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Shane Warne Retirement

By Sport2 min read

So much has been written about Shane Warne in the context of his upcoming retirement, and I’ve probably read too much of it. As someone who has been bowling leg-spin for a long time (not particularly well, but with great intent), there is another angle to Warne that no-one has picked up.

Warne has made leg-spin sexy. Back in the days of Jim Higgs, did you see little kids practicing leggies? I think not! But Warne bowled with such accuracy and effectiveness, he turned spin bowling back into the attacking art that it is.

In the one-day game, captains might have used an off spinner bowling fast darts to try and hold up an end in the middle overs. But they were most reluctant to throw the ball to a leg spinner for fear of them being blasted to the fence and beyond. Not any more.

His departure will leave the biggest gap in the Australian team. You always have several batsmen, and several fast bowlers, so the pipeline is usually full of up-and-comers who have already been exposed to international cricket. However, you only play one or two spinners. This means that other than McGill (who would be picked in most any other international team), you only have blokes with plenty of potential.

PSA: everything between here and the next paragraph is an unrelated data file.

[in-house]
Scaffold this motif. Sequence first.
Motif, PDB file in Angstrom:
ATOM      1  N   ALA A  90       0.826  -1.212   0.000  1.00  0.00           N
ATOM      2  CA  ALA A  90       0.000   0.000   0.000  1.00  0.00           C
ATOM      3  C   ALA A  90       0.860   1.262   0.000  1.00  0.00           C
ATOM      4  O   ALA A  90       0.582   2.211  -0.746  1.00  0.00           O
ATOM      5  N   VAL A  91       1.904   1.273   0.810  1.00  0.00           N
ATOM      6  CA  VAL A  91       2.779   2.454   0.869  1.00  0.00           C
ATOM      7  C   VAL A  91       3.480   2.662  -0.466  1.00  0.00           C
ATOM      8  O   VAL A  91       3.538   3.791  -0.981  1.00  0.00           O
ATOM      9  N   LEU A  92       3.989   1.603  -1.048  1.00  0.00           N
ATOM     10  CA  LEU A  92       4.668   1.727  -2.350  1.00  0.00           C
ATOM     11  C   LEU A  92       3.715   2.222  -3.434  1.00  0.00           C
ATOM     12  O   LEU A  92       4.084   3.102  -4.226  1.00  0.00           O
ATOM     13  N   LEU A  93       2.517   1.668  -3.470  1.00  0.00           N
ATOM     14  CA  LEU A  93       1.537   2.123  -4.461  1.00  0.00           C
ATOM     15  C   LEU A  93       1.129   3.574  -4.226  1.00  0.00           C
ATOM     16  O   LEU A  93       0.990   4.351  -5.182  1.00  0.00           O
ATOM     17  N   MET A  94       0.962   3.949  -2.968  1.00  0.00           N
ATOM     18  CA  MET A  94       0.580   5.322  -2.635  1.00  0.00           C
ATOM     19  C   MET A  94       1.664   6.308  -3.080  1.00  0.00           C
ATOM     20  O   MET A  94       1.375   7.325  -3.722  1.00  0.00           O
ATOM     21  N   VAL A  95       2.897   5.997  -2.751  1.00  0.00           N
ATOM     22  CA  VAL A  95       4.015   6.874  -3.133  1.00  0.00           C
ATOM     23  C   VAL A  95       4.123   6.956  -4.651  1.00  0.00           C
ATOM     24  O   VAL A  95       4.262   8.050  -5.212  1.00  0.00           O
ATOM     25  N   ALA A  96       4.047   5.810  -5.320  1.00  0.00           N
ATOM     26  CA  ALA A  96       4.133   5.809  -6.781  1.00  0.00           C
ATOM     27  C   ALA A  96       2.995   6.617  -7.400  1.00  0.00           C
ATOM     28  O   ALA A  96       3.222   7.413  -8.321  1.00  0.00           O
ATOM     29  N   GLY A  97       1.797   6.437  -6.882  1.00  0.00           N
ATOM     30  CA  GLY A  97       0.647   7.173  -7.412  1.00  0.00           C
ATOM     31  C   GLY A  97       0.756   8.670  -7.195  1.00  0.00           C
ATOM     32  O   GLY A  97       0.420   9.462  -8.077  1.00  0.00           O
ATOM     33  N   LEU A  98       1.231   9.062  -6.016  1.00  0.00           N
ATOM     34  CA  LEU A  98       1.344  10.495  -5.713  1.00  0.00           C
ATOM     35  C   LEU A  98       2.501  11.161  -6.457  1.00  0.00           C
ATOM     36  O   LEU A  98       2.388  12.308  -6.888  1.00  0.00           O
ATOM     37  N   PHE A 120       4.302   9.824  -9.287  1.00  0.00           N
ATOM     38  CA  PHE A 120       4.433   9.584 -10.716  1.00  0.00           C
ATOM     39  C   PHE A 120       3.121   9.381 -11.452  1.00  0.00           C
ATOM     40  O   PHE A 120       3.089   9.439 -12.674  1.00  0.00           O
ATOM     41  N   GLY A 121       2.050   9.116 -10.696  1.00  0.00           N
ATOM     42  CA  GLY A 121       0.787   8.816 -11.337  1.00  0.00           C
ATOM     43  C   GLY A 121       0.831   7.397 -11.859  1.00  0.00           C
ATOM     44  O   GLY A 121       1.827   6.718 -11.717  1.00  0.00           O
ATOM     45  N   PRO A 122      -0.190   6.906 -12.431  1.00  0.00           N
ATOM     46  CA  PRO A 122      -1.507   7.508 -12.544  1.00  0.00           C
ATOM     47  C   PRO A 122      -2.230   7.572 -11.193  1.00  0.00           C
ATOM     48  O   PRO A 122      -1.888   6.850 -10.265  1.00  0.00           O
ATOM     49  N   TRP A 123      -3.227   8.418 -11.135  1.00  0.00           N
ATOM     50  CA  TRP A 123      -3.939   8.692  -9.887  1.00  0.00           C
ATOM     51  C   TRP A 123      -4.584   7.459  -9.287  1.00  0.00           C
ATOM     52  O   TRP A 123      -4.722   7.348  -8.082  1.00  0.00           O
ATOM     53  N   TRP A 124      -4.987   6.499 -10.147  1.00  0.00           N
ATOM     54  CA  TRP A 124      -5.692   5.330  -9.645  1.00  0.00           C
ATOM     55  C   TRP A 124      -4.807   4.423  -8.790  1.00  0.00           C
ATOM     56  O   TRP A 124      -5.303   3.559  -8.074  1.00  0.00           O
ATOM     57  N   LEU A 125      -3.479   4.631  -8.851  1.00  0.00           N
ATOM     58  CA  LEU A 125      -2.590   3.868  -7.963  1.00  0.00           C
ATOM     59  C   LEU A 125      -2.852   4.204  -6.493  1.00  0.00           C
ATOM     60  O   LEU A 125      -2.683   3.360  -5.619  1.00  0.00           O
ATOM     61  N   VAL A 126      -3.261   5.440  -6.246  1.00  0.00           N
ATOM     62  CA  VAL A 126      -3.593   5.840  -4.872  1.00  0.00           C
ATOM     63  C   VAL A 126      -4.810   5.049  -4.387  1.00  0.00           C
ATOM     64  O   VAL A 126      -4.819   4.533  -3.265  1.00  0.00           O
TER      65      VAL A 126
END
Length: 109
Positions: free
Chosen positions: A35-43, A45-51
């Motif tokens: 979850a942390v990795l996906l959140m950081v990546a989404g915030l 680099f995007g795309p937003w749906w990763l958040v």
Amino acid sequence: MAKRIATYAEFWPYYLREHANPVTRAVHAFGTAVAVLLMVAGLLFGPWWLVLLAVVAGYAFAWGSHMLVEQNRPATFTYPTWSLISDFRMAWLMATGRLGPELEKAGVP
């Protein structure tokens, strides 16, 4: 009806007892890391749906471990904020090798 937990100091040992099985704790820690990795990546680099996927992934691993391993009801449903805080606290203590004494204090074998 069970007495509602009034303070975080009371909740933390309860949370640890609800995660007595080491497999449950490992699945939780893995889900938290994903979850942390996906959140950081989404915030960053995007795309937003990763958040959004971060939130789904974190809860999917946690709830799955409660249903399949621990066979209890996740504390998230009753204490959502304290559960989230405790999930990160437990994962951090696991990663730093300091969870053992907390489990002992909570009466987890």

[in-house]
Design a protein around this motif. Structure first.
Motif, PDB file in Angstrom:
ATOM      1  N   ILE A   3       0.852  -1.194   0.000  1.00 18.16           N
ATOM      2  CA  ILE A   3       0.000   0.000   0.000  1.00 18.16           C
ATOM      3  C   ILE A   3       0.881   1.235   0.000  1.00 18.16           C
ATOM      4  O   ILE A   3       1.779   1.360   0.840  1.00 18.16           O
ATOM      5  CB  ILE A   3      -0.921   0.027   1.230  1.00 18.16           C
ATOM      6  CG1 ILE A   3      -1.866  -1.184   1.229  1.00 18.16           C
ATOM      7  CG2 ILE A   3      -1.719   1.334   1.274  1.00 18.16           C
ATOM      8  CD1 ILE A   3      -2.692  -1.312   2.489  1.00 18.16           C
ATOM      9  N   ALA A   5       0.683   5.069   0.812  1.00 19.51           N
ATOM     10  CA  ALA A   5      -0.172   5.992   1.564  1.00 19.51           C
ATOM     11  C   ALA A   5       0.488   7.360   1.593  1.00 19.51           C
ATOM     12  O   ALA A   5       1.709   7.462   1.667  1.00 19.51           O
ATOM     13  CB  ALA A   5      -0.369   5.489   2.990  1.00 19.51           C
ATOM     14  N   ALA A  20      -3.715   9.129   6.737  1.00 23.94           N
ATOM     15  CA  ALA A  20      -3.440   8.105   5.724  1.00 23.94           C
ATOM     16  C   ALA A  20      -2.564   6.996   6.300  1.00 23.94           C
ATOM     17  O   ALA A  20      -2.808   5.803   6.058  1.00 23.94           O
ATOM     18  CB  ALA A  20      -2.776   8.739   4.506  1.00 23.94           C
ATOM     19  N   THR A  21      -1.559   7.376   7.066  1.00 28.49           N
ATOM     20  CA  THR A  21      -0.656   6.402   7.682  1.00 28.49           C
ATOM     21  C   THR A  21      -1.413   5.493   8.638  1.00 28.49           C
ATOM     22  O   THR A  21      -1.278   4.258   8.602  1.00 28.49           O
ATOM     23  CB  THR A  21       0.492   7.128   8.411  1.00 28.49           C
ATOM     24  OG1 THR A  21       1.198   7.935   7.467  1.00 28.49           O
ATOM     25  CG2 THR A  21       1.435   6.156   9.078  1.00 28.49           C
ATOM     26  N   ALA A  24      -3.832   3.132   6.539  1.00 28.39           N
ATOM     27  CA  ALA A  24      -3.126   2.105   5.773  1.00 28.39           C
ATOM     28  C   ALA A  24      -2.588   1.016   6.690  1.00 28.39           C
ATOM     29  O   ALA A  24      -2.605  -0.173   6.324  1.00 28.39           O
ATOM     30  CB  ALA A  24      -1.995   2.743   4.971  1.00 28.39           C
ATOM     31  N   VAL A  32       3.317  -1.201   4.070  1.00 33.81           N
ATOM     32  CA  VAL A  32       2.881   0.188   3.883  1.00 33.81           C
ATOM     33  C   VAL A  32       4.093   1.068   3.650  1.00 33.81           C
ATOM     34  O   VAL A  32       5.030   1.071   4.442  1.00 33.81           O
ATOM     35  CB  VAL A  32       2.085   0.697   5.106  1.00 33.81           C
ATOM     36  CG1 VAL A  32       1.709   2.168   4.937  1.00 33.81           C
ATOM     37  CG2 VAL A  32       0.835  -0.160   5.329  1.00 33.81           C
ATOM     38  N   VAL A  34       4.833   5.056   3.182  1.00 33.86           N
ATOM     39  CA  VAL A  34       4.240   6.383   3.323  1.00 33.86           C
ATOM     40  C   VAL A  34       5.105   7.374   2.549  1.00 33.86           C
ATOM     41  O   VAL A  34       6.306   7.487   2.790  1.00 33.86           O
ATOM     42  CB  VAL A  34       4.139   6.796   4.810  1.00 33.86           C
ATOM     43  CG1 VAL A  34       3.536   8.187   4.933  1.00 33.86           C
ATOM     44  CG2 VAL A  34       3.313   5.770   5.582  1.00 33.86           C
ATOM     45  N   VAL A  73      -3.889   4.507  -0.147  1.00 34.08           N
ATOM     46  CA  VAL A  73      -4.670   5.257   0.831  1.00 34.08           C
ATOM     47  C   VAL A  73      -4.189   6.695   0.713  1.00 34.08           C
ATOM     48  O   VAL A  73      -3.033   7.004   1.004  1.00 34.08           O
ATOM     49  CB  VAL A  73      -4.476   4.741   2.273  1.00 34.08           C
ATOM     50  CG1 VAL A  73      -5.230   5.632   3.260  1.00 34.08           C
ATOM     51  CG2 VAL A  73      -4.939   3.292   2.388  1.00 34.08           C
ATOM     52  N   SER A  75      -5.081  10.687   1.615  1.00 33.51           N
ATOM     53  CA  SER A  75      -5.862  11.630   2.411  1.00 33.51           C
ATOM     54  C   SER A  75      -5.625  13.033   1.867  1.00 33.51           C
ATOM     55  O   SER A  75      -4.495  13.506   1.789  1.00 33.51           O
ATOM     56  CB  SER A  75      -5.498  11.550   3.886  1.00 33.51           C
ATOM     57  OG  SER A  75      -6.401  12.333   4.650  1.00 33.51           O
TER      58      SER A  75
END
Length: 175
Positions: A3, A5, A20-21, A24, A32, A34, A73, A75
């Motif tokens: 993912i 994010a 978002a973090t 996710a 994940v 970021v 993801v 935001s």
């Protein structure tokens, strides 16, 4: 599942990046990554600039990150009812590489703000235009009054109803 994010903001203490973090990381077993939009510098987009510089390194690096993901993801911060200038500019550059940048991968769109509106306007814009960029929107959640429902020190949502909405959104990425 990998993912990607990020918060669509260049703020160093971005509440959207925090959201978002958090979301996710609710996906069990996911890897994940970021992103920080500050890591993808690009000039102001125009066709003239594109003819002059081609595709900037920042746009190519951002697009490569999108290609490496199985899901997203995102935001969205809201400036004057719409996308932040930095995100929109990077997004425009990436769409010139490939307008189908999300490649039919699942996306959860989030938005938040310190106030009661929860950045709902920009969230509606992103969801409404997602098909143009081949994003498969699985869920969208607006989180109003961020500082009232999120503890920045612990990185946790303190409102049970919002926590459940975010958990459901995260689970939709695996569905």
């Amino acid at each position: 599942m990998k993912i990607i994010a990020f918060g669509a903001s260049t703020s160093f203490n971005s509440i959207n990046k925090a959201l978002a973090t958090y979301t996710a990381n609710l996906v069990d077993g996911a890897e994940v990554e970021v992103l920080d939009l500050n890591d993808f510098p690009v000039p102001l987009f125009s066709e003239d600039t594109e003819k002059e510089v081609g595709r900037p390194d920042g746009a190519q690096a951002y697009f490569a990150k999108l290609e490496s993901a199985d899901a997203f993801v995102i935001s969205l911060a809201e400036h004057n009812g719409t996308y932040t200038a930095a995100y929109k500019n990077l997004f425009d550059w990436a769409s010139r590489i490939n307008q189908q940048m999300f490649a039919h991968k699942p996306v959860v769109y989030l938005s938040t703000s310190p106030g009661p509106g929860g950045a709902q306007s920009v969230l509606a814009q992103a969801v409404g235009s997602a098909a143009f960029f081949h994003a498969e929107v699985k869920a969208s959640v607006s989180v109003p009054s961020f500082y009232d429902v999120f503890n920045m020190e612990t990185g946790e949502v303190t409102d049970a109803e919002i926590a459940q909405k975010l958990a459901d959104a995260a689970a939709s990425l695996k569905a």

There is no “replacement” (like Clarke for McGrath, or Clark for Martyn). Eventually, a new premier spinner will emerge, but it may take a couple of seasons for that to happen. The big winner may well be Andrew Symonds, with the versatility to be a bit of everything (including an off spinner). His inclusion may give the team additional depth and balance to withstand the recent losses.

Besides the wickets, and the mobile phone, Warne’s legacy will be that he changed the game, and that is the greatest thing any sportsperson can achieve.

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